To Kill a Mockingbird A Discussion of Major Themes
Within the TextThe novel To Kill a Mockingbird is a rich text consisting of themes that were the harsh reality of the novels setting; rural Alabama during the 1930s. Racism, discrimination, prejudice, and hatred are all among the issues that author Harper Lee deals with. In addition to these weighty and unsettling topics in the novel, Miss Lee revolves her plot around the life of a young girl named Scout Finch.
Scout is telling the reader the story in retrospect when the novel begins. We learn she is six years old and has an older brother named Jem. Central to the plot is the childrens innocence. Their relative naivete can be observed through the simple ways in which they play and pass the time. Jem and Scout are fascinated with the mysterious Boo Radley, a recluse who, according to Jem, comes out only at night to eat cats and squirrels in addition to looking through peoples bedroom windows. The scare each other with ghosts stories and Scout gets into fights almost daily. When the novel concludes, she looks back at the events that have transpired throughout the length of the story and we realize to what extent both her and Jems characters have grown. One of the most profound examples of the innocence the children bear is during Tom Robinsons trial. Jem is convinced that the jury will be forced to acquit Tom because his father Atticus had proven him innocent beyond a shadow of a doubt. When the verdict returned is in fact the exact opposite, Jem is astonished. His hands were white from gripping the balcony rail. And his shoulders jerk as if each guilty is a separate stab between them. Unlike many of those in Maycomb, the children see things with an unbiased eye. They harbor no prejudice or discriminatory feelings towards anyone, no doubt because of their upbringing by their morally inclined father, Atticus Finch.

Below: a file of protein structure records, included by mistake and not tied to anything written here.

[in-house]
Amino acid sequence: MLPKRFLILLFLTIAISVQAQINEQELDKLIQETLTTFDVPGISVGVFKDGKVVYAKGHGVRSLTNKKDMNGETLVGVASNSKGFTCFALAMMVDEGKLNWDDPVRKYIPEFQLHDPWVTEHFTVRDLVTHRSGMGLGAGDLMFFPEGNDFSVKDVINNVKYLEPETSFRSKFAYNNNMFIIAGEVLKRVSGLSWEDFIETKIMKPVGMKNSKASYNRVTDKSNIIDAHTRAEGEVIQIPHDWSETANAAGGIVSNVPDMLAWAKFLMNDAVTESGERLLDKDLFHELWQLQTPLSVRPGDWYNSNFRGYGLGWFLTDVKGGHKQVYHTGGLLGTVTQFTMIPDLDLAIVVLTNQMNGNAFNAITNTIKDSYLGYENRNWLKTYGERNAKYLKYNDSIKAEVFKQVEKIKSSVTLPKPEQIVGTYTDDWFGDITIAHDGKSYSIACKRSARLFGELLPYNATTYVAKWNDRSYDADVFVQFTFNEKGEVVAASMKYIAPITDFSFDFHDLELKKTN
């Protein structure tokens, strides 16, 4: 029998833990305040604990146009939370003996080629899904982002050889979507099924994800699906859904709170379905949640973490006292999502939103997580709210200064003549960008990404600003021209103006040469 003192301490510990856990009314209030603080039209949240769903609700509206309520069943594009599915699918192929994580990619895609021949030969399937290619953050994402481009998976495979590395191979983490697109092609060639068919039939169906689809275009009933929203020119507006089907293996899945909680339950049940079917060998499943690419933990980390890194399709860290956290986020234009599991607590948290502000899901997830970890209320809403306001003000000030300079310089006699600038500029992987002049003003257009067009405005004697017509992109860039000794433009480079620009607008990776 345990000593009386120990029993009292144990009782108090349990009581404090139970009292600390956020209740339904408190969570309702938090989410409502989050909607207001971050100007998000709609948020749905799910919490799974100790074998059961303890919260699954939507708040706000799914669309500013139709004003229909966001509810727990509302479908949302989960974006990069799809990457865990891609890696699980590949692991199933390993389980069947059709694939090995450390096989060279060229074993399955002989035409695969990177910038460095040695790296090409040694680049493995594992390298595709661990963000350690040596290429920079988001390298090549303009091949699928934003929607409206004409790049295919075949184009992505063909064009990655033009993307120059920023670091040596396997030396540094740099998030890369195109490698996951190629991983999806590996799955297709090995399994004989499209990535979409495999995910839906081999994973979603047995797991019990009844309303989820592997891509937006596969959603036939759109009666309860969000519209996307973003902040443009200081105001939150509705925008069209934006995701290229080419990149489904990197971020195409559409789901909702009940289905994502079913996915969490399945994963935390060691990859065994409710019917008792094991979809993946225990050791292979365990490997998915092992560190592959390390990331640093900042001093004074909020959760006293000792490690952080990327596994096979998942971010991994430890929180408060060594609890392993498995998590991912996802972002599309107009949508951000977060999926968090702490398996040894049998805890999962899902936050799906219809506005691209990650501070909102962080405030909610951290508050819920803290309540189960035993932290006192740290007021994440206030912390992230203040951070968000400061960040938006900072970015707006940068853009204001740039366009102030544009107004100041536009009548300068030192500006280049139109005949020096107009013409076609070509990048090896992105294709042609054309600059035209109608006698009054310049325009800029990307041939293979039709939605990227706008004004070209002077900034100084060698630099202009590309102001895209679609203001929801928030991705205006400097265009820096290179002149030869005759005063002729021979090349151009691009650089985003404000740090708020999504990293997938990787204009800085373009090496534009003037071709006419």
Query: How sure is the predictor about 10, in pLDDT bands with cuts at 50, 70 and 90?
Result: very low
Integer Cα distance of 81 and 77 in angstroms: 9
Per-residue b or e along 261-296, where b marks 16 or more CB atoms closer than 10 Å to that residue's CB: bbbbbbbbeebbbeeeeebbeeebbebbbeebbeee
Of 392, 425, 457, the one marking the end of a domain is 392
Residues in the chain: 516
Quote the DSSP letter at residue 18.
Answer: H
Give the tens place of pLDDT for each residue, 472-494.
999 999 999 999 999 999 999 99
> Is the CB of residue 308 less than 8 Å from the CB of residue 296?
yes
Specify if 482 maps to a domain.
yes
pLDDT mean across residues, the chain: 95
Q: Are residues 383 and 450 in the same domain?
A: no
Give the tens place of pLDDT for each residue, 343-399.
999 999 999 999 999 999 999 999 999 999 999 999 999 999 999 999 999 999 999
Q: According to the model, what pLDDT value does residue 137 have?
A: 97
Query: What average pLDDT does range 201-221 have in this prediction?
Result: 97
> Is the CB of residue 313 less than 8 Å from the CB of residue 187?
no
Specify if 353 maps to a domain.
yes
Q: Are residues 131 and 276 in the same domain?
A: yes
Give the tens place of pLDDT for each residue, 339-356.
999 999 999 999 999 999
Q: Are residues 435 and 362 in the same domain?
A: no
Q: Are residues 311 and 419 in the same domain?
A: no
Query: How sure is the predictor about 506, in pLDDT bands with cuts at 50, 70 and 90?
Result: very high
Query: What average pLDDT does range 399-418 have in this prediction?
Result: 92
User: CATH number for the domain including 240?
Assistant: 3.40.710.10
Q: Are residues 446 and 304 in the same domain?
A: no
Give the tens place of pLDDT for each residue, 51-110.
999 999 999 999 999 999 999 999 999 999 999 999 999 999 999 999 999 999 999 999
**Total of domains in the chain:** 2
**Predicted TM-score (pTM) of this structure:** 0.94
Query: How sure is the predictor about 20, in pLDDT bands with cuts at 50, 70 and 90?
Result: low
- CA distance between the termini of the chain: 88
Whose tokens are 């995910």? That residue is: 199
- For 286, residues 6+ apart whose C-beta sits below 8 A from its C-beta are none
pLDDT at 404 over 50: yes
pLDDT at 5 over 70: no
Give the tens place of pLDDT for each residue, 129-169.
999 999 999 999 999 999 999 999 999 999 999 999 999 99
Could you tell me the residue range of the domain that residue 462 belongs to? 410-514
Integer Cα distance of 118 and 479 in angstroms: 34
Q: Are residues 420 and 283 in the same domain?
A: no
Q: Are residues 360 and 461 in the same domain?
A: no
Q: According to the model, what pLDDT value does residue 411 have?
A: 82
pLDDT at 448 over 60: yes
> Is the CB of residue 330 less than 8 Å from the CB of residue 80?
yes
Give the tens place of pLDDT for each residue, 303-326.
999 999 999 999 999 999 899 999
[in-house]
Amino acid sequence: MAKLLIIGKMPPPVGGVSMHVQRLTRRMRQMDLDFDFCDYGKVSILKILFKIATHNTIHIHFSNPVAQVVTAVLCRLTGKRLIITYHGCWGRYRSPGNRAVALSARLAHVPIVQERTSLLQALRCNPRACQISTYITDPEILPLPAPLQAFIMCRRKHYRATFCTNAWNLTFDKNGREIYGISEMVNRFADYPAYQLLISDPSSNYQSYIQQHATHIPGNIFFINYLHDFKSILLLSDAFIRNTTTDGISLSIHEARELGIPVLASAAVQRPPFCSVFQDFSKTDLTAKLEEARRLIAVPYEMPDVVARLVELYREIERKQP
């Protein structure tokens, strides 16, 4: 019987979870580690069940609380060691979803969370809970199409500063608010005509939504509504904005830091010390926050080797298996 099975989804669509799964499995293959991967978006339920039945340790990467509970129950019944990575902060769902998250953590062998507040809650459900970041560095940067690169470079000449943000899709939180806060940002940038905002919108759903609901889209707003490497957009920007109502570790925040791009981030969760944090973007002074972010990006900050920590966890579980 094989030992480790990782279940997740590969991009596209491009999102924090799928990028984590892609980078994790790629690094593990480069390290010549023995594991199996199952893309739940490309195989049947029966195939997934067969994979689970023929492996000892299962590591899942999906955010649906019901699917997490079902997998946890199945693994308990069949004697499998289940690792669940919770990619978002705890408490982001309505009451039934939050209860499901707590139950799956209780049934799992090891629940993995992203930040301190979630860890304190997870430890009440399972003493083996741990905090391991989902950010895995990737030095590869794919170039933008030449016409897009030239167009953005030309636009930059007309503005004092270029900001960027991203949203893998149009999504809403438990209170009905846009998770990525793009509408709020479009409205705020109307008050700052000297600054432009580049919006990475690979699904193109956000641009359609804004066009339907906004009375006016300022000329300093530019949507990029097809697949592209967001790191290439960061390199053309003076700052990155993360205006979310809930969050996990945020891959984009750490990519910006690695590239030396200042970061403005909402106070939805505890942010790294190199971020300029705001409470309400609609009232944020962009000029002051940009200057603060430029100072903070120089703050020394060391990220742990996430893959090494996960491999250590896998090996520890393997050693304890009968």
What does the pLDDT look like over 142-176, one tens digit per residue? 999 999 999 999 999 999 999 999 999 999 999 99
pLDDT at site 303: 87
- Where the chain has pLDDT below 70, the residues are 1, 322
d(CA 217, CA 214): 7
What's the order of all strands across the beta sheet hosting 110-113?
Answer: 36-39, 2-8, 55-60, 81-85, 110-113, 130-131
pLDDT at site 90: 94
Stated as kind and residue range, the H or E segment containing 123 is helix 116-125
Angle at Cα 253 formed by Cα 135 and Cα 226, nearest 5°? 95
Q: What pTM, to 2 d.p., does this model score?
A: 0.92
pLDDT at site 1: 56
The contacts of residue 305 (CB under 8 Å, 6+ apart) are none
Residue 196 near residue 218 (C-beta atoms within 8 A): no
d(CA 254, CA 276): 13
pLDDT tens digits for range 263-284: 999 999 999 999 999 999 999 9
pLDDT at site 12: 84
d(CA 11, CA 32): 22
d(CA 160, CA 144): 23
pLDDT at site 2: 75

One of the more evident of the themes present in To Kill a Mockingbird is without a doubt racism and prejudice. When Mayella Ewell accuses Tom Robinson of rape, despite Atticus Finchs airtight cross-examination proving his innocence, the moment Tom walked into the courtroom to stand before an all-white, unforgiving jury, his fate had been sealed. No doubt the setting of the novel, 1930s Alabama, plays a role in amount of hostility fostered by so many of Maycomb Countys citizens. The magnitude to which this hostility is felt is so great that even white people who befriend and assist Negroes (in the case of Atticus Finch and Tom Robinson) are looked down upon. They too become the subject of debate and animosity. A perfect example of this is the repercussions that Atticus feels due to his earnest defense of Tom. He is accosted by a mob late one night while standing guard outside Toms jail cell. While there are many people who are appreciative of his kindness, in particular the Negro population of Maycomb and Toms family, others are not so delighted by his efforts. After the trial, Bob Ewell spits in Atticus face and vows to get revenge. After Tom is killed in prison for trying to escape, although there is a certain air of suspicion surrounding his death, namely why he would have gone into a sudden rage and tried to climb the fence and how seventeen bullets found their way into his body before stopping him, Mr. Ewell is rumored to have said one down, two to go. He is, we later learn, referring to Jem and Scout. There is also another type of prejudice that exists within the text of To Kill a Mockingbird. It is particularly exhibited by Jem and Scouts Aunt Alexandra. She says that poor folks such as the Cunninghams are lower class. So low she says, that if they were relatives of the Finches, they would not associate with such people. Alexandra prides herself and her family on having such a strong background and coming from such a privileged family. Jem later reveals to Scout that background has nothing to do with it, it is just as long as your family has been reading an writing that is key.